No longer content to remain the victim, some organisations are starting to take a more offensive approach to security attacks.
It is a striking trend Websense A/NZ managing director, Gerry Tucker, saw in 2013, likely as a response to the growing number of targeted attacks taking place, such as ransomware.
“Normally if a business is attacked, they will spend time defending themselves,” he said.
“However, that is changing with some of them going after the attackers.”
Tucker warns about the pitfalls of going down this route, as it is essentially “cyber vigilantism” and there are potential legal implications.
Beyond the legal aspect, Tucker points out that it is often difficult to clearly identify who the real culprit behind an attack is.
“Many of the attacks that take place in instances where genuine sites and companies have become unwitting pawns in a scheme,” he said.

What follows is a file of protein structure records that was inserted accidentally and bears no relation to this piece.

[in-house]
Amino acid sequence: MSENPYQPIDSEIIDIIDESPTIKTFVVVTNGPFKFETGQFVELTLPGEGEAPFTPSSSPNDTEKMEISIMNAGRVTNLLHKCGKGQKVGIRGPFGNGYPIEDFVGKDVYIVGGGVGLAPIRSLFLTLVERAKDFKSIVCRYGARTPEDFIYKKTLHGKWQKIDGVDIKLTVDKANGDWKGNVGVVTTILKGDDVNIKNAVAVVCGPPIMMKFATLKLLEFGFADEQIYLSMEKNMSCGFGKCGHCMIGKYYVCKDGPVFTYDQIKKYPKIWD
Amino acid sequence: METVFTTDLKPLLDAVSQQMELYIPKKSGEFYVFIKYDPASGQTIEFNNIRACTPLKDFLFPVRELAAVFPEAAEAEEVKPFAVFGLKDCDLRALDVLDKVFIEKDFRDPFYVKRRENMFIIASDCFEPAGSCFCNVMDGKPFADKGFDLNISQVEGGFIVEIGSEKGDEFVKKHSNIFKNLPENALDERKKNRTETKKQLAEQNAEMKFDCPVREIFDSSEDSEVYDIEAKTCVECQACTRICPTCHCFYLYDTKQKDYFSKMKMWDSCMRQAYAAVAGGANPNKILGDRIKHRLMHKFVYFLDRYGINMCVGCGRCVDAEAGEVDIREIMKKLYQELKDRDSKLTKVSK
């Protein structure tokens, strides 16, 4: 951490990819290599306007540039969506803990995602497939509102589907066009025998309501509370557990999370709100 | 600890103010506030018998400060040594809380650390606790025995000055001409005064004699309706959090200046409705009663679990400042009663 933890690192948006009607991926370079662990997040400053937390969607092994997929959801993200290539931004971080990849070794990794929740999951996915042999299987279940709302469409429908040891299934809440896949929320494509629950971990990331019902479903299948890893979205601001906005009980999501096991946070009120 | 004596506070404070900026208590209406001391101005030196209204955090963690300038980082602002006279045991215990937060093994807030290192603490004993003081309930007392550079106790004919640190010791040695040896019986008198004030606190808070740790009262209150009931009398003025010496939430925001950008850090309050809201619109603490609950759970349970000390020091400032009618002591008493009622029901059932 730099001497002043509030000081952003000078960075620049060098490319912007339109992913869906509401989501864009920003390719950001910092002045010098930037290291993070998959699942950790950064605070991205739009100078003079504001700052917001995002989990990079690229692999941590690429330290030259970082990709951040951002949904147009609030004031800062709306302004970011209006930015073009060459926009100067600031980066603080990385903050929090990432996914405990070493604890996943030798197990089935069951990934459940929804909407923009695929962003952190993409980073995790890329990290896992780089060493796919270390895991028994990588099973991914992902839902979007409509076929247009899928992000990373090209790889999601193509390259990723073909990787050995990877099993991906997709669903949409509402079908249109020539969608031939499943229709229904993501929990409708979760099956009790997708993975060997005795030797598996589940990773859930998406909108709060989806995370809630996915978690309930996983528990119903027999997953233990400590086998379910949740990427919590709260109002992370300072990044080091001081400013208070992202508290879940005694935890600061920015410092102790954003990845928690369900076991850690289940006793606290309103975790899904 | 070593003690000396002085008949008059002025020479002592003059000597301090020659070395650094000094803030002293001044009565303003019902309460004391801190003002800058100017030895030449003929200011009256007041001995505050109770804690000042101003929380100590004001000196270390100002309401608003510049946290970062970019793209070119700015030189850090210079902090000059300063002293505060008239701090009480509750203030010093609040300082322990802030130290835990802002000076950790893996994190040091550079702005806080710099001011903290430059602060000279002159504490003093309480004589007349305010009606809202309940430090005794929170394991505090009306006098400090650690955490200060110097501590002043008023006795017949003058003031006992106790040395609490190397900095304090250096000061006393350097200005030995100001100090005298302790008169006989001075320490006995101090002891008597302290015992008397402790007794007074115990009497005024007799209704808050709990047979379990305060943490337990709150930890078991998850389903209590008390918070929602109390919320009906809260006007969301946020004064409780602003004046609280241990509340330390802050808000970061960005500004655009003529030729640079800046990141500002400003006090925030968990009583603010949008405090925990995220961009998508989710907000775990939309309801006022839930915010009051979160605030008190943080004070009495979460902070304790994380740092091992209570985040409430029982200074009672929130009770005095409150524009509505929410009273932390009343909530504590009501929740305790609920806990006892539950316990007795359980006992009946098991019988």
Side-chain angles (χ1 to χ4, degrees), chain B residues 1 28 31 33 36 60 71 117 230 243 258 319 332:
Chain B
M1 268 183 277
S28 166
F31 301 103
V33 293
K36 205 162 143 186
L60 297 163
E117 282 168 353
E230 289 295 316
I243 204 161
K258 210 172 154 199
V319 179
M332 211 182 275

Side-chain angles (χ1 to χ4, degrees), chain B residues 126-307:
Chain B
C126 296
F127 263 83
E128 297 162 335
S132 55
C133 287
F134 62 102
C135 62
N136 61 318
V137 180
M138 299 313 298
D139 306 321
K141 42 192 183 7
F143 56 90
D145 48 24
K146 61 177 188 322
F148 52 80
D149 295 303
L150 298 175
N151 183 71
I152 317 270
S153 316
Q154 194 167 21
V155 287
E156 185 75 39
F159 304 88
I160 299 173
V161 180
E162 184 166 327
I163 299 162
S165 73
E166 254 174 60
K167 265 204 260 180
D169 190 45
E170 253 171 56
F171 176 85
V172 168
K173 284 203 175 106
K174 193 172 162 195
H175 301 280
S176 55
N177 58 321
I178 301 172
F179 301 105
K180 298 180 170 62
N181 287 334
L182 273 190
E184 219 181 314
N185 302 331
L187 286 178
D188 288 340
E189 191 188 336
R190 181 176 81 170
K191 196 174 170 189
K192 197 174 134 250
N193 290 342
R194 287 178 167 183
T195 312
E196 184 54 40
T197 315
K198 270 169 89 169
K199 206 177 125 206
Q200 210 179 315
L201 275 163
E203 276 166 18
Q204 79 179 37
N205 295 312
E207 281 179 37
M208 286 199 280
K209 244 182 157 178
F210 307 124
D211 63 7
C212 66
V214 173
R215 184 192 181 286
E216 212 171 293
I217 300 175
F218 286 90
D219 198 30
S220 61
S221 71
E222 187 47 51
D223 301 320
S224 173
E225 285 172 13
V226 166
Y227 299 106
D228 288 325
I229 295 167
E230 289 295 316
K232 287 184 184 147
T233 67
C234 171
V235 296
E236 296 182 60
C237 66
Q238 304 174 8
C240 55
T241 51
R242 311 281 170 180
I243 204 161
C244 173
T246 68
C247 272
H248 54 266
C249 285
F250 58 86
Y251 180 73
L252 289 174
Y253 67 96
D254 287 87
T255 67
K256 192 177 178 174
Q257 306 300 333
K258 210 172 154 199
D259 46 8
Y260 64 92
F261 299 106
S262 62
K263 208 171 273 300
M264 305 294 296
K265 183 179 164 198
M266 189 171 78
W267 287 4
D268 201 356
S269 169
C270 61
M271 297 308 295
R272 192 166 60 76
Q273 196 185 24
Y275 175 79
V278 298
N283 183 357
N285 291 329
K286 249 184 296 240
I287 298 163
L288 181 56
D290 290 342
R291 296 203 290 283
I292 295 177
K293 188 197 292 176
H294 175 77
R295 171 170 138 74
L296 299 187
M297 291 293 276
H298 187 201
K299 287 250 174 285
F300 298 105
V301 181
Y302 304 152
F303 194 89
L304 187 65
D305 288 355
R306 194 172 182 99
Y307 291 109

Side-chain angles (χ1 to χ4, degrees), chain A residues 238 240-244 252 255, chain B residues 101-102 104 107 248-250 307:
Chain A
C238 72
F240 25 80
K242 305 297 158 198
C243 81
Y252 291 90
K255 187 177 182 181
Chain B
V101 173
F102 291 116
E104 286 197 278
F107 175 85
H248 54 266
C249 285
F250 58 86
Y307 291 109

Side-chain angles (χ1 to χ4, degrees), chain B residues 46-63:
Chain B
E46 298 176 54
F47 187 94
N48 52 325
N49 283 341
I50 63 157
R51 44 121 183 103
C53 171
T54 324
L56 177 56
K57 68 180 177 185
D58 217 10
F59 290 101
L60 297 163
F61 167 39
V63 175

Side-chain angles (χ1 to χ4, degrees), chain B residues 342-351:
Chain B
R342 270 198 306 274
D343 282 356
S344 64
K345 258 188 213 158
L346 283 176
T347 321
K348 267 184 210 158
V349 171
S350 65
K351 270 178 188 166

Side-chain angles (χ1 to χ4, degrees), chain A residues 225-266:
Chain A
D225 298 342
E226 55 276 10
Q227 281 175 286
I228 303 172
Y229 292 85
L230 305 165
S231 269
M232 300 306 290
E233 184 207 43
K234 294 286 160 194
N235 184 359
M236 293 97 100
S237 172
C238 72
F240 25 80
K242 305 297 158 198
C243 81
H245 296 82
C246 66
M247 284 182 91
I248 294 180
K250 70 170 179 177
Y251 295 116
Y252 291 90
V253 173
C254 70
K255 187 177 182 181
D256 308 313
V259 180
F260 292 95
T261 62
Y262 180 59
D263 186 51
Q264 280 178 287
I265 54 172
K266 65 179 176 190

“If one company feels they have been hacked by another organisation and then go after them, attacking them may not be the right thing to do if it turns out they were just the ‘piggy in the middle.’”
While the urge to exact revenge is a strong in situations like this, Tucker highlights that all that is happening is one organisation disadvantaging another one.
Calm local tempers
Besides potentially getting the identity of the attacker wrong, Tucker said the other pitfall of going down this road is that it increases the potential for mistakes.
“That is potentially damaging to the cyber security environment, as is any form of vigilantism,” he said.
“If activities such as these become public, it can damage the reputation of cyber professionals.”
While Tucker does not have any direct evidence of a local organisation carrying out a revenge attack, he admits to having heard anecdotal evidence of certain businesses carrying out reprisals.